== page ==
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Libertarian and Austrian economic theory


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Free Market Economic Theories

Libertarian Economic Theories as opposed to the neoclassical mainstream



The Austrian school of economics is on the opposite side of the Post Keynesians, even if many things seems to be in common.

The differences between Austrians and neoclassical economists are the following (partially source wikipedia).

  1. Methodology is where Austrians differ most significantly from other schools of economic thought. Mainstream schools, such as Keynesians and Monetarists, that adopt empirical, mathematical, and statistical methods. Austrians focus on deduction to construct and test theories, the so-called “Praxeology”. Austrians reject empirical statistical methodsnatural experiments, and constructed experiments as tools applicable to economicsarguing that while it is appropriate in the natural sciences where factors can be isolated in laboratory conditions, the actions of humans are too complex for such a treatment because humans are not passive and non-adaptive subjects. They reject the constancy principle, that humans will react always similarly go given stimuli, the basis for modern empirical macro-economics (on our site see short runmedium run). Therefore they advocate an axiom-based approach and laissez-faire.
  2. The Austrian Business Cycle Theory, the also called “Boom & Bust Theory”  reject the central bank’s artificially low interest rate, because it allows projects to be undertaken that normally would not. Low rates and money printing, like advocated by Post Keynesians, artificially inflates asset prices, that will end up boom-bust cycles.The following video explains the wrong incentive Alan Greenspan’s cheap money provided:
  3. Austrians generally argue that inherently damaging and ineffective central bank policies, including unsustainable expansion of bank credit through fractional reserve banking, are the predominant cause of most business cycles, as they tend to set artificial interest rates too low for too long, resulting in excessive credit creation, speculative “bubbles“, and artificially low savings.
  4. Austrians reject the notion that interest rates are determined by liquidity preference.Instead the Austrian economist Rothbard argued that interest rates are instead determined by time preference.
  5. Inflation is for Austrians always monetary inflation, i.e. an increase of the money supply by the central banks and not price inflation, a rise of the Consumer Price Indices (CPI). Still Austrians believe that monetary inflation causes sooner or later price inflation (similarly like the neoclassical Hick’s IS-LM model). The maybe most important difference between today’s central bankers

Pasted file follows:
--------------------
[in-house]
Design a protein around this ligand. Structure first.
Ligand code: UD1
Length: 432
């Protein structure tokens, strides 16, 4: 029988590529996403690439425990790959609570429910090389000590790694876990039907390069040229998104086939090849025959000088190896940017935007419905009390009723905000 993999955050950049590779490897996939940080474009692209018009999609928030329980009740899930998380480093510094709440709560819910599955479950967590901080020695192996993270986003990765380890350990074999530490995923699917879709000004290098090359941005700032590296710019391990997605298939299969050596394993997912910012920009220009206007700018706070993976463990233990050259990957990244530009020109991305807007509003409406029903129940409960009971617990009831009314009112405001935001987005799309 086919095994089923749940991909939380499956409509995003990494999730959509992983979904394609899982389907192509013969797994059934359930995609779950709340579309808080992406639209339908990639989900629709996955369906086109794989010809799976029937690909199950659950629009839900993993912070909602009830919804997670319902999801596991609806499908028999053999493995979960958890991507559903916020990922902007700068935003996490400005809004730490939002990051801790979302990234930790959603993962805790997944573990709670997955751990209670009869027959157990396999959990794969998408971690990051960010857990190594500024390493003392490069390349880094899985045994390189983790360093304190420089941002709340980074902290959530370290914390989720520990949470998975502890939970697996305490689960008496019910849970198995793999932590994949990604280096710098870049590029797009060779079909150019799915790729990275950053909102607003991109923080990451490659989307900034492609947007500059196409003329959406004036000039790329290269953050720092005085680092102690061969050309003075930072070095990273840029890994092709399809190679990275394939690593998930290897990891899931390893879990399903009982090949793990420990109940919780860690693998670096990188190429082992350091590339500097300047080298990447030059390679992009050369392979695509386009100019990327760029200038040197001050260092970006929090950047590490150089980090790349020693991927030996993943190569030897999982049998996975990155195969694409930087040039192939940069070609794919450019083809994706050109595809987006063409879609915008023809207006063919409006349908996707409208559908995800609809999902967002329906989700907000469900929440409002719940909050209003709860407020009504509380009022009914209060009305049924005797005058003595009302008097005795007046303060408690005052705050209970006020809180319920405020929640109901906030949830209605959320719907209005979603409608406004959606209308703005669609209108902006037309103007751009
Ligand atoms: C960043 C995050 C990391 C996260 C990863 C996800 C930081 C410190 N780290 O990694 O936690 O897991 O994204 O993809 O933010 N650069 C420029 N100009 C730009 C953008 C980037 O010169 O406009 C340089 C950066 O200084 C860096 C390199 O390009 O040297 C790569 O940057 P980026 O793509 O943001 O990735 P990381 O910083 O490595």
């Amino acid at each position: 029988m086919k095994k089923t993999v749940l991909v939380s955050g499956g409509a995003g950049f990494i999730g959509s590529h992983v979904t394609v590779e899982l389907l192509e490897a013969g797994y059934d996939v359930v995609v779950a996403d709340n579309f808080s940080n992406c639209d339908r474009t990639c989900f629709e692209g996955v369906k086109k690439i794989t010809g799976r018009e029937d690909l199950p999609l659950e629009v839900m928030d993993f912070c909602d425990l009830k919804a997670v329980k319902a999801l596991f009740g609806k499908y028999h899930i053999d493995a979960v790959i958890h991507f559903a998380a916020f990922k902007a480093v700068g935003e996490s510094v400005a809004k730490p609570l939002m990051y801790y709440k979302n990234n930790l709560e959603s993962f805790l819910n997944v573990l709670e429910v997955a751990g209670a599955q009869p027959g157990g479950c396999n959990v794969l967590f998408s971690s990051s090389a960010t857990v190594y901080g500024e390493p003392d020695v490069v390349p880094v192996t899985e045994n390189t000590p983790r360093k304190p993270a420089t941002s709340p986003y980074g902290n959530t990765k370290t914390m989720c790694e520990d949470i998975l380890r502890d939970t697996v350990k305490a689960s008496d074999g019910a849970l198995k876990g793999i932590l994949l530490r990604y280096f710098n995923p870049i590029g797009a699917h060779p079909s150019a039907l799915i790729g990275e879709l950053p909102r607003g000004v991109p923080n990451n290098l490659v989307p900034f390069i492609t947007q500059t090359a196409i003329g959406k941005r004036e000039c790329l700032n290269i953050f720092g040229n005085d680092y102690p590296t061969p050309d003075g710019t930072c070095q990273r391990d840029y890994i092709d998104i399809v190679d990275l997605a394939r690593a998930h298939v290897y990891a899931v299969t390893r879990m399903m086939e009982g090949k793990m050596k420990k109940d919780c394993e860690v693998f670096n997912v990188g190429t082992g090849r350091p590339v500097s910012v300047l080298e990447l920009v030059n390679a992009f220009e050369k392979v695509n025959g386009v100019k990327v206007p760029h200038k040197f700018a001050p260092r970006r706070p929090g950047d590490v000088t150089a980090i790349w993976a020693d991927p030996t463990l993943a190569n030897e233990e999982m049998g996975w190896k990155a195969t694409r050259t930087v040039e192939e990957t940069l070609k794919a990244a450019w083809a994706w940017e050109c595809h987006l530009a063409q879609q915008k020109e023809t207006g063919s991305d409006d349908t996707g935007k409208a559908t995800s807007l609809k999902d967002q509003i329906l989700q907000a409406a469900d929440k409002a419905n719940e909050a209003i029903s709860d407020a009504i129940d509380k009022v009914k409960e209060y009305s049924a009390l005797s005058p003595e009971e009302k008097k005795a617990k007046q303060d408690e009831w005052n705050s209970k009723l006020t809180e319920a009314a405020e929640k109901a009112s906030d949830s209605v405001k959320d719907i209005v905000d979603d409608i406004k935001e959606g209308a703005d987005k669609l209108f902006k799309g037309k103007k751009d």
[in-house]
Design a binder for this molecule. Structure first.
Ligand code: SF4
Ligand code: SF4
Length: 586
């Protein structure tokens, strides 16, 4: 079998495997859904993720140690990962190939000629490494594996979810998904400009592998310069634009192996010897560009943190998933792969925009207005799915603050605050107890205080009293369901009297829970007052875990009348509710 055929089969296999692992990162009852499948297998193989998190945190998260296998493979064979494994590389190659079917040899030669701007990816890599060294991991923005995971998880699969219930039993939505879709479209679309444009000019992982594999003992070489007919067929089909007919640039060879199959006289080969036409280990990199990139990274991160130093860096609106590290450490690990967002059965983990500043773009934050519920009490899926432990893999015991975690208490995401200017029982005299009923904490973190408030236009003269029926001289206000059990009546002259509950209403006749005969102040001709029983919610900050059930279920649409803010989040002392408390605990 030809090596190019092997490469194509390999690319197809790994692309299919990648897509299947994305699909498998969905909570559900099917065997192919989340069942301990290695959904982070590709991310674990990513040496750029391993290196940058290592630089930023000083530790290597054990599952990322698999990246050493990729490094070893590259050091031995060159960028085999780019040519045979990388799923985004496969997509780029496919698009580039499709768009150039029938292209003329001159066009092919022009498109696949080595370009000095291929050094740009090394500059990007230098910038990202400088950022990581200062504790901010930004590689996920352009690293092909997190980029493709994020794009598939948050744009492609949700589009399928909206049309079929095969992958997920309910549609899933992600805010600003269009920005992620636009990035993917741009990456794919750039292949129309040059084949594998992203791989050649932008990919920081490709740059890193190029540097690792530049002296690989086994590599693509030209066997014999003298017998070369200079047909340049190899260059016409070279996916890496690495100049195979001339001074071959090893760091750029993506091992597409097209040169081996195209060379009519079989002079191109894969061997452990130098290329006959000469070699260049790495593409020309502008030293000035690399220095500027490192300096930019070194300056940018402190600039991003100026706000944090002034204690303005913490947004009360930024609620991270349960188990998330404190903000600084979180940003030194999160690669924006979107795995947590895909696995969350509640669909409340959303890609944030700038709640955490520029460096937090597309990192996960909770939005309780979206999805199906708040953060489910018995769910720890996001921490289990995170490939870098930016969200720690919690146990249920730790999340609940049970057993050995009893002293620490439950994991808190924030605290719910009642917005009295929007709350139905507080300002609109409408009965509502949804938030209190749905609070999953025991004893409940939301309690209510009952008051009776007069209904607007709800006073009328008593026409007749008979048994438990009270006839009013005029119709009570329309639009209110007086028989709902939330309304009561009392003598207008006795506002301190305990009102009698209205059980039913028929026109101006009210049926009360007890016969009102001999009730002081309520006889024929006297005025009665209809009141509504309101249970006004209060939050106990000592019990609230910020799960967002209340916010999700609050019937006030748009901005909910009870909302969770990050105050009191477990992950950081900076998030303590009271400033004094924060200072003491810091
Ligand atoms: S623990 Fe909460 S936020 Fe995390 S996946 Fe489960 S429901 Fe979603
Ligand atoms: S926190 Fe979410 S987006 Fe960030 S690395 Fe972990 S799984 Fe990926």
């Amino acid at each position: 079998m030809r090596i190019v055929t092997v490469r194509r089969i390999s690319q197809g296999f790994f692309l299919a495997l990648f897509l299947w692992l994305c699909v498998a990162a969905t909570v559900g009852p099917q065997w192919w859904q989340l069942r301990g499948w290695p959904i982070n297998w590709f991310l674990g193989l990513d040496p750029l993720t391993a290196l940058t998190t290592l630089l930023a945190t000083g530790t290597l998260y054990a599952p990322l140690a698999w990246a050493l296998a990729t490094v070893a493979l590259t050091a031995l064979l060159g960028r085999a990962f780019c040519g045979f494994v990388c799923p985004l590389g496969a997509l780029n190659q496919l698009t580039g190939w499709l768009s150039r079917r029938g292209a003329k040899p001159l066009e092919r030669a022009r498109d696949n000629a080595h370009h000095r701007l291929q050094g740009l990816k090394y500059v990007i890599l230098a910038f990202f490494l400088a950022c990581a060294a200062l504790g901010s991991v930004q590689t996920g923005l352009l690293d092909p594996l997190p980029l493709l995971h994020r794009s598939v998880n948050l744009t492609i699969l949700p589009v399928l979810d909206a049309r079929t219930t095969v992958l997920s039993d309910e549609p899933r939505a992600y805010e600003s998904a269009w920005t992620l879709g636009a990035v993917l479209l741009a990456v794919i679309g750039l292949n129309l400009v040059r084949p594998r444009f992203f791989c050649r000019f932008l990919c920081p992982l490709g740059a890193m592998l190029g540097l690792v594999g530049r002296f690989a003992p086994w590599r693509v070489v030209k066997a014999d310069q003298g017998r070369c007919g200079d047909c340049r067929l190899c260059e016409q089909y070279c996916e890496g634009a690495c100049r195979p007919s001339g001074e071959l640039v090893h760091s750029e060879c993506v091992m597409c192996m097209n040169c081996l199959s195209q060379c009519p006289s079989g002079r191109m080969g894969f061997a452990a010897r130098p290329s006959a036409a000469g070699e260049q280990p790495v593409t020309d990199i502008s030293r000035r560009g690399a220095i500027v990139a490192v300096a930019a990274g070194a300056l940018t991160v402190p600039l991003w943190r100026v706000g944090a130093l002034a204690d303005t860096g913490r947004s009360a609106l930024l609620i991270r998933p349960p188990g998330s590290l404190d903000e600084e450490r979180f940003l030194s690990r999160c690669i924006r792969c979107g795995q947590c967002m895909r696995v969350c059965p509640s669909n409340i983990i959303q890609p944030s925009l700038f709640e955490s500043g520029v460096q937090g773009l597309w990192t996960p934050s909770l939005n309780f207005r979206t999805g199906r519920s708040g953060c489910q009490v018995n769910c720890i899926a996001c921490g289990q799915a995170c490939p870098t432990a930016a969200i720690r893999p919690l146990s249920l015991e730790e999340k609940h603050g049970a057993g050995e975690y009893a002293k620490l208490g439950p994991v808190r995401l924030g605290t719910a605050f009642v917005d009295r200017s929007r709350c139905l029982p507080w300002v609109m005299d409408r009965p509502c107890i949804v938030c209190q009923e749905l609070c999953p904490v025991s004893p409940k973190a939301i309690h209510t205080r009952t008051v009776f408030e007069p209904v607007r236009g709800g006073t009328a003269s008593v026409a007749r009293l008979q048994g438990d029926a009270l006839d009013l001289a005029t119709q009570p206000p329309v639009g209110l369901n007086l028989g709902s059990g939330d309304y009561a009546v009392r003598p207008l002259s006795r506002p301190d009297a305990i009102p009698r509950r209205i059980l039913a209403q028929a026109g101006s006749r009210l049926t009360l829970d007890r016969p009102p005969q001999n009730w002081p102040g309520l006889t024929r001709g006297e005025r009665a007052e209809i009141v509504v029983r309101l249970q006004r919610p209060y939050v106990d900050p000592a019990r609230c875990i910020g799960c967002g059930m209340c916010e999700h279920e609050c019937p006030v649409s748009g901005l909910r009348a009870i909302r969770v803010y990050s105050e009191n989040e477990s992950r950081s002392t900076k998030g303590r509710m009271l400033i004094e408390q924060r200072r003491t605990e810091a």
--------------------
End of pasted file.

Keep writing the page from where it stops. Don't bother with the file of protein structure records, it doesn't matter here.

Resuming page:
(including the SNB) and Austrian economists is that Austrians reject
    inflation-targeting and insist that deflation is good because it is a sign of productivity and a high savings rate (the later two are consistent with main-stream economics in the long-run).
Using praxeology Austrians are often able to detect upcoming busts, when the mainstream is convinced that the boom will continue. Examples are:

Mainstream 16.10.1929: “Stocks have reached what looks like a permanently high plateau.” – Irving Fisher, celebrated neoclassical economist

Austrians 02.1929: “The boom will collapse within a few months.” – Friedrich von Hayek, Austrian Institute of Economic Research

Mainstream 20.10.2005: “House prices have risen by nearly 25 percent over the past two years. Although speculative activity has increased in some areas, at a national level these price increases largely reflect strong economic fundamentals, including robust growth in jobs and incomes, low mortgage rates, steady rates of household formation, and factors that limit the expansion of housing supply in some areas.” – Ben Shalom Bernanke, future FED chairman

Austrians 06.04.2004: “Higher price inflation should not have been a surprise given that the Fed has increased the money supply by 25% during the period 2001–2003. (…) Given the government’s encouragement of lax lending practices, home prices could crash, bankruptcies would increase, and financial companies, including the government-sponsored mortgage companies, might require another taxpayer bailout.” – Mark Thornton, Mises Institute.

The interpretation of the Great Depression:

According to the Austrian economist Murray Rothbardthe main reasons for the Great Depression were rising wages and inflation during the Soaring TwentiesBuy American and trade protection. In 2009/2010, free trade and strong growth in China and the EMs saved us from a repetition: the consequences of the financial crisis of 2008 were limited in comparison to the Great Depression.

George Dorgan, snbchf.com Disclaimer
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